Today’s wounded veterans look over their shoulders. They also look ahead, seeing shadows and pitfalls and are always ready for the other boot to drop. They’re not the first generation to grasp how the federal bureaucracy has become a battlefield of booby traps and heartbreaks, with a growing trail of flimsy excuses and obfuscations, that even after the lessons of Vietnam and the Persian Gulf War, the system still appears stacked against them, overwhelming and cold.
Nowhere, it seems, does another constituency currently exist – save for Native Americans – that is more justified in being just a little paranoid when it comes to its relationship to the federal government. Just a month ago, a RAND study found that more than 300,000 vets – 20 percent of returning service members — may have Post Traumatic Stress Disorder, but most of them aren’t getting the help they need.
Then, a story like this emerges:
A psychologist who helps lead the post-traumatic stress disorder program at a medical facility for veterans in Texas told staff members to refrain from diagnosing PTSD because so many veterans were seeking government disability payments for the condition.
“Given that we are having more and more compensation seeking veterans, I’d like to suggest that you refrain from giving a diagnosis of PTSD straight out,” Norma Perez wrote in a March 20 e-mail to mental-health specialists and social workers at the Department of Veterans Affairs’ Olin E. Teague Veterans’ Center in Temple, Tex. Instead, she recommended that they “consider a diagnosis of Adjustment Disorder.”
VA staff members “really don’t . . . have time to do the extensive testing that should be done to determine PTSD,” Perez wrote.
The email can be found here.
Over 1.7 million servicemen and women having been deployed to Iraq or Afghanistan since 2002, and over 300,000 of have them have since left the service. Of those, more than 53,000 (July 2007 figures) have been treated by the VA for PTSD. So there is genuine concern among health care providers that mental disorders are not only recognized and addressed, but are diagnosed properly in the first place. But this email suggests an “out” was given to providers to diagnose veterans for a “readjustment disorder” rather than PTSD and that can mean the difference of more than $2,000 a month in disability benefits or no cash assistance at all. In light of other schemes to lowball veterans in their time of ultimate need, this doesn’t look too good.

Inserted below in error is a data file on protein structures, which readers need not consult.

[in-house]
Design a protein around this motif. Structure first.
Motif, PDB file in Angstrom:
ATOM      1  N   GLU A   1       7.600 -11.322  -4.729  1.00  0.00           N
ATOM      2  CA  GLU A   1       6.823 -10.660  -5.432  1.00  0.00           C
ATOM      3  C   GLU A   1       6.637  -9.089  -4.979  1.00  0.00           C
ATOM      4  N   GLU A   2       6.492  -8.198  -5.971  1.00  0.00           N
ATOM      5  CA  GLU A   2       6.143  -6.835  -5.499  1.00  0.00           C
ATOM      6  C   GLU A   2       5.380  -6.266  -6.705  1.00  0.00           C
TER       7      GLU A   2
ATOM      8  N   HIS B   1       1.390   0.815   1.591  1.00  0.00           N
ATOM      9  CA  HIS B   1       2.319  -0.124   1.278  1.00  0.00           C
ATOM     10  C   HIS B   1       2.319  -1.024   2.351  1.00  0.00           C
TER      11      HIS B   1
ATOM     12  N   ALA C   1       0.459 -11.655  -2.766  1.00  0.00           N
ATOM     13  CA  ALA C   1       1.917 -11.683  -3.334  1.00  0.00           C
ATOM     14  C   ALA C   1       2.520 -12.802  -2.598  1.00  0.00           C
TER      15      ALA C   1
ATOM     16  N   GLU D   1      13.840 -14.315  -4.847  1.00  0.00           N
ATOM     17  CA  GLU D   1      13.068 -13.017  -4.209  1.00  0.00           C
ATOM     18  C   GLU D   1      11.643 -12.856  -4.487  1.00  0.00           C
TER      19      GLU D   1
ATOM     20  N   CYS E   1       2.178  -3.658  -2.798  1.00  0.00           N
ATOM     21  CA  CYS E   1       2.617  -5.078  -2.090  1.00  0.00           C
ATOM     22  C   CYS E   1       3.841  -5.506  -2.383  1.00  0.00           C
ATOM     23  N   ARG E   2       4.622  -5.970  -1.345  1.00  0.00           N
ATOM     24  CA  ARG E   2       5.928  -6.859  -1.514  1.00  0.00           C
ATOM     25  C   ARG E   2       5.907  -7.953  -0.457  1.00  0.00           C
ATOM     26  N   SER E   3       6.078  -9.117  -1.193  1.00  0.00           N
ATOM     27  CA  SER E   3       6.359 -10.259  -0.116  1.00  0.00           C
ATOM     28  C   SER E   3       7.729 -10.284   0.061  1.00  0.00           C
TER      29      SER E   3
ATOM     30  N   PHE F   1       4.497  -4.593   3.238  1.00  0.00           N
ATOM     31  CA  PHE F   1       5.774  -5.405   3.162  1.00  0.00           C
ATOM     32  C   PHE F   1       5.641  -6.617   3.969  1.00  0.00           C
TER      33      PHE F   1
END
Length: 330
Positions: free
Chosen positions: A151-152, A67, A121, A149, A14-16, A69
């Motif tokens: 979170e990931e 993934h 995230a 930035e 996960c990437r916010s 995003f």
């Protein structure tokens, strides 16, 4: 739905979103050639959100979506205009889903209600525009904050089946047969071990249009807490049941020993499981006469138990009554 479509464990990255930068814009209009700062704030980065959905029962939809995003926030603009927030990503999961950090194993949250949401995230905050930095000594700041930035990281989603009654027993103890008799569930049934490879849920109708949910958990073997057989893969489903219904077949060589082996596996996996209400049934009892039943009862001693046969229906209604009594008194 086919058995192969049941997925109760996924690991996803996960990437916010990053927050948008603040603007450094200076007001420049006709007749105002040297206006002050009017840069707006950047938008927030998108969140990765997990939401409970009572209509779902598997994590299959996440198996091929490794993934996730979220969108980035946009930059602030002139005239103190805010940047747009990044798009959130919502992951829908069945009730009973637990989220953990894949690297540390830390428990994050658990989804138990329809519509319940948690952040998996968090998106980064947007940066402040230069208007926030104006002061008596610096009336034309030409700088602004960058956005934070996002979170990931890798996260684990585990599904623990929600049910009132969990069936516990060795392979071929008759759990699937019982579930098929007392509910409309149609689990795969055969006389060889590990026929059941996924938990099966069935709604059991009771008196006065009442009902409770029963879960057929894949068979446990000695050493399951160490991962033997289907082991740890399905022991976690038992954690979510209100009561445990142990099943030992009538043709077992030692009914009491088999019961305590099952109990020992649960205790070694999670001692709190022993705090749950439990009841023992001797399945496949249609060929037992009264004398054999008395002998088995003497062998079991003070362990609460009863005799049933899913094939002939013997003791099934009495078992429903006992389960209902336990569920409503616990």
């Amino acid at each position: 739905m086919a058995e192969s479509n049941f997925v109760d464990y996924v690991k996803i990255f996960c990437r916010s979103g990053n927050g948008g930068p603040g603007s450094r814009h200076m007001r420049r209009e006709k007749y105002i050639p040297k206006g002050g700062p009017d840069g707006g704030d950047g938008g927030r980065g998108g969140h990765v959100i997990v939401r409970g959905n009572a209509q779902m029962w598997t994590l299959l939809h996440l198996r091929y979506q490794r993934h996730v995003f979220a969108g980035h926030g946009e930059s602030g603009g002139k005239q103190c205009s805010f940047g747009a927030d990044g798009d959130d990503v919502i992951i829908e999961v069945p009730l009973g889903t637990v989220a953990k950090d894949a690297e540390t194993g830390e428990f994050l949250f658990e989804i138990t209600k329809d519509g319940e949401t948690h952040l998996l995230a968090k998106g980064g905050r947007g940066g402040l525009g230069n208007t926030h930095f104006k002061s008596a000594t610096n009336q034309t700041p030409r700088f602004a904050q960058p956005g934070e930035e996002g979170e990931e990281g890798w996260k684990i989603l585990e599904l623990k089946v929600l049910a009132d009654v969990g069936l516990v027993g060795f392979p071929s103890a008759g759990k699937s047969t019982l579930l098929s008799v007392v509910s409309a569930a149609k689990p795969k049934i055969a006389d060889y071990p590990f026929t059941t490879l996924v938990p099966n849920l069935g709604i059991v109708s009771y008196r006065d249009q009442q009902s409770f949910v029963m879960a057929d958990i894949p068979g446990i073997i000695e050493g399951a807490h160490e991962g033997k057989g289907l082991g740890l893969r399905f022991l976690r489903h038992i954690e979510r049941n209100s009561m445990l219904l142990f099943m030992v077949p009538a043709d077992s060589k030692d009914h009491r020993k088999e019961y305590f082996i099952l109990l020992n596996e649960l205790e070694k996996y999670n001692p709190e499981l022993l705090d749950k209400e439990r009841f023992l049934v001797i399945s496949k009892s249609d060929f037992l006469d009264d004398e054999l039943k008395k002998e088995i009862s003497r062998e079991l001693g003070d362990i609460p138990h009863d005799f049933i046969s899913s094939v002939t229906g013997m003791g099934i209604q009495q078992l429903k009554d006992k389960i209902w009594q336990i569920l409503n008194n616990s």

Last year, attorneys from the biggest firms in Washington got together to provide pro bono services to soldiers and veterans struggling through the briar patch of the disability/compensation system. Turns out that severely wounded soldiers were being denied lifetime healthcare for themselves and their families even if their injuries rendered them largely incapable of being breadwinners ever again. Of the more than 50,000 injured soldiers at the time of the report deemed “unfit for duty” and headed for medical boards out of the service, more than a quarter were given zero to 30 percent disability ratings, meaning they got nothing more than a one-time cash payment and a hearty handshake from Uncle Sam.